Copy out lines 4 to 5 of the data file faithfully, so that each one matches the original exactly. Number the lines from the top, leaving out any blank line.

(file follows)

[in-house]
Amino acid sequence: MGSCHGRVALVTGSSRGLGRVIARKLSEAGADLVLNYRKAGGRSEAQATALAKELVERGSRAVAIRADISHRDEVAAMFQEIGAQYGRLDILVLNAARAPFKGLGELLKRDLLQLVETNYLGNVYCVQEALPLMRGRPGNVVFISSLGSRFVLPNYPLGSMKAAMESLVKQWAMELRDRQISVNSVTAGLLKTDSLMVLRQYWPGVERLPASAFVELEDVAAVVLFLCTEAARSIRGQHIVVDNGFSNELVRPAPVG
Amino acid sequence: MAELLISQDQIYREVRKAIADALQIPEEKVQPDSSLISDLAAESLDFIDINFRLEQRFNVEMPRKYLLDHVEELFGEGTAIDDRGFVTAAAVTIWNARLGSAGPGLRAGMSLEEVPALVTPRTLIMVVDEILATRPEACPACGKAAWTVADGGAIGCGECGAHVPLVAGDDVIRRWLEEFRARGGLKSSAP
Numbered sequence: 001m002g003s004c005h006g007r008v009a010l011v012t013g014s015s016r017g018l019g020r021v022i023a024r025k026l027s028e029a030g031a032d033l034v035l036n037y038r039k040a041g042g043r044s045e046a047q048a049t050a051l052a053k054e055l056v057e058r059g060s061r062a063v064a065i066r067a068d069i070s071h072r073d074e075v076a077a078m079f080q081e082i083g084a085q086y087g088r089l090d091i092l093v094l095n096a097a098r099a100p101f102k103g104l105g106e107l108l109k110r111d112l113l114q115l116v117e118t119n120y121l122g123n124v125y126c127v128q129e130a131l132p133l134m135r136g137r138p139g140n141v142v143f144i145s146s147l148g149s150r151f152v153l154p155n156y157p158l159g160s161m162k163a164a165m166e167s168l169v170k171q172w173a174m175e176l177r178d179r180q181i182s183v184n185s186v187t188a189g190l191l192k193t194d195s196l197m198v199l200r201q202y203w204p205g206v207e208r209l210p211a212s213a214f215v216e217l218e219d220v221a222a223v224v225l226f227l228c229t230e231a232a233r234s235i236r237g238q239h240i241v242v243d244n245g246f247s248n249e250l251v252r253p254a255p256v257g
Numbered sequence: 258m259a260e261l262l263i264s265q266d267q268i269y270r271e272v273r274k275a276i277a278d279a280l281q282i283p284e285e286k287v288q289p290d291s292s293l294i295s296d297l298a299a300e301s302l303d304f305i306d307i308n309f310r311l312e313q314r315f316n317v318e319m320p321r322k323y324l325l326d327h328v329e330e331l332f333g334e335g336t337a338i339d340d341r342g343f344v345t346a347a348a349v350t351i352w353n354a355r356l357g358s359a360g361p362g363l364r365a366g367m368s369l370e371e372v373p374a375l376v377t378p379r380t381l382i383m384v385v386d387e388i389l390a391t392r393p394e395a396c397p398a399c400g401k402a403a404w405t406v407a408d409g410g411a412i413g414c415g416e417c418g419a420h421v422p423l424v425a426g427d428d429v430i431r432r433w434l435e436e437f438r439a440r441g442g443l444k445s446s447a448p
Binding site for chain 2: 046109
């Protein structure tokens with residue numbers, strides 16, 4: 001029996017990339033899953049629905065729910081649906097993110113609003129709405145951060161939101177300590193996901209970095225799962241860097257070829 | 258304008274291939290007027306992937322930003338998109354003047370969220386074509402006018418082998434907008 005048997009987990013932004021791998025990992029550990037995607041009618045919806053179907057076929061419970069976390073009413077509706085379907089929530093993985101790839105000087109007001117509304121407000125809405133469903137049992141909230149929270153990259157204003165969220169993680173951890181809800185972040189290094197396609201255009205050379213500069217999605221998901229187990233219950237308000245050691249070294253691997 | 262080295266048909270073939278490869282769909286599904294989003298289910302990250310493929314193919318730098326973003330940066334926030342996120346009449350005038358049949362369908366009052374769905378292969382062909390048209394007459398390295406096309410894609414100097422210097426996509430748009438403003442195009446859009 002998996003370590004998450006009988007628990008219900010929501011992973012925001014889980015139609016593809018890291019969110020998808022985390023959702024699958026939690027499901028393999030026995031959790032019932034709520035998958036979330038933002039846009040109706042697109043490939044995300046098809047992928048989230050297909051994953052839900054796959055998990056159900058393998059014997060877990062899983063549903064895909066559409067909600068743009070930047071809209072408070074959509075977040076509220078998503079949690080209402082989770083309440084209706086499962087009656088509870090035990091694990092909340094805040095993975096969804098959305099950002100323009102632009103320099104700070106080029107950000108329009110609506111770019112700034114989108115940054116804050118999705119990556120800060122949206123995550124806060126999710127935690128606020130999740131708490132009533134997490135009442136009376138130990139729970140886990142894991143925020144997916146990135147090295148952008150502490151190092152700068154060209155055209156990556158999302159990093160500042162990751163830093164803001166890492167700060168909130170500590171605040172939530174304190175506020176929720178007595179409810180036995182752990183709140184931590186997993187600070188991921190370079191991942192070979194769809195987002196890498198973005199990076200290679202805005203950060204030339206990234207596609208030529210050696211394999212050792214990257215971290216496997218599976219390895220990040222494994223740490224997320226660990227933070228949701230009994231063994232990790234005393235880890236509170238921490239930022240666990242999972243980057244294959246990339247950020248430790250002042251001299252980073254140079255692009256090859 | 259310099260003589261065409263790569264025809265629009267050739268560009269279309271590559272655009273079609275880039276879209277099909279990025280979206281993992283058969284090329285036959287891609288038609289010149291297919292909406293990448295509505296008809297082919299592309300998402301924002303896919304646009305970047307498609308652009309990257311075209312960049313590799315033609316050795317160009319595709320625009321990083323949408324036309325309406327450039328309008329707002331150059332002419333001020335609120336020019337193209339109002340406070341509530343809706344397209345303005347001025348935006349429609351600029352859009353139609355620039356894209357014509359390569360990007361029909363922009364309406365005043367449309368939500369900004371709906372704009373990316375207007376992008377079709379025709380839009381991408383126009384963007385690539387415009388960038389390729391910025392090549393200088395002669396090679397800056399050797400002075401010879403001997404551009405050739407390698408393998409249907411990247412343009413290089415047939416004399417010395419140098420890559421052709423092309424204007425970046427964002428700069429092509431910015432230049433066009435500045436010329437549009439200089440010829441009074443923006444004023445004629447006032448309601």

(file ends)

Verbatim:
Numbered sequence: 001m002g003s004c005h006g007r008v009a010l011v012t013g014s015s016r017g018l019g020r021v022i023a024r025k026l027s028e029a030g031a032d033l034v035l036n037y038r039k040a041g042g043r044s045e046a047q048a049t050a051l052a053k054e055l056v057e058r059g060s061r062a063v064a065i066r067a068d069i070s071h072r073d074e075v076a077a078m079f080q081e082i083g084a085q086y087g088r089l090d091i092l093v094l095n096a097a098r099a100p101f102k103g104l105g106e107l108l109k110r111d112l113l114q115l116v117e118t119n120y121l122g123n124v125y126c127v128q129e130a131l132p133l134m135r136g137r138p139g140n141v142v143f144i145s146s147l148g149s150r151f152v153l154p155n156y157p158l159g160s161m162k163a164a165m166e167s168l169v170k171q172w173a174m175e176l177r178d179r180q181i182s183v184n185s186v187t188a189g190l191l192k193t194d195s196l197m198v199l200r201q202y203w204p205g206v207e208r209l210p211a212s213a214f215v216e217l218e219d220v221a222a223v224v225l226f227l228c229t230e231a232a233r234s235i236r237g238q239h240i241v242v243d244n245g246f247s248n249e250l251v252r253p254a255p256v257g
Numbered sequence: 258m259a260e261l262l263i264s265q266d267q268i269y270r271e272v273r274k275a276i277a278d279a280l281q282i283p284e285e286k287v288q289p290d291s292s293l294i295s296d297l298a299a300e301s302l303d304f305i306d307i308n309f310r311l312e313q314r315f316n317v318e319m320p321r322k323y324l325l326d327h328v329e330e331l332f333g334e335g336t337a338i339d340d341r342g343f344v345t346a347a348a349v350t351i352w353n354a355r356l357g358s359a360g361p362g363l364r365a366g367m368s369l370e371e372v373p374a375l376v377t378p379r380t381l382i383m384v385v386d387e388i389l390a391t392r393p394e395a396c397p398a399c400g401k402a403a404w405t406v407a408d409g410g411a412i413g414c415g416e417c418g419a420h421v422p423l424v425a426g427d428d429v430i431r432r433w434l435e436e437f438r439a440r441g442g443l444k445s446s447a448p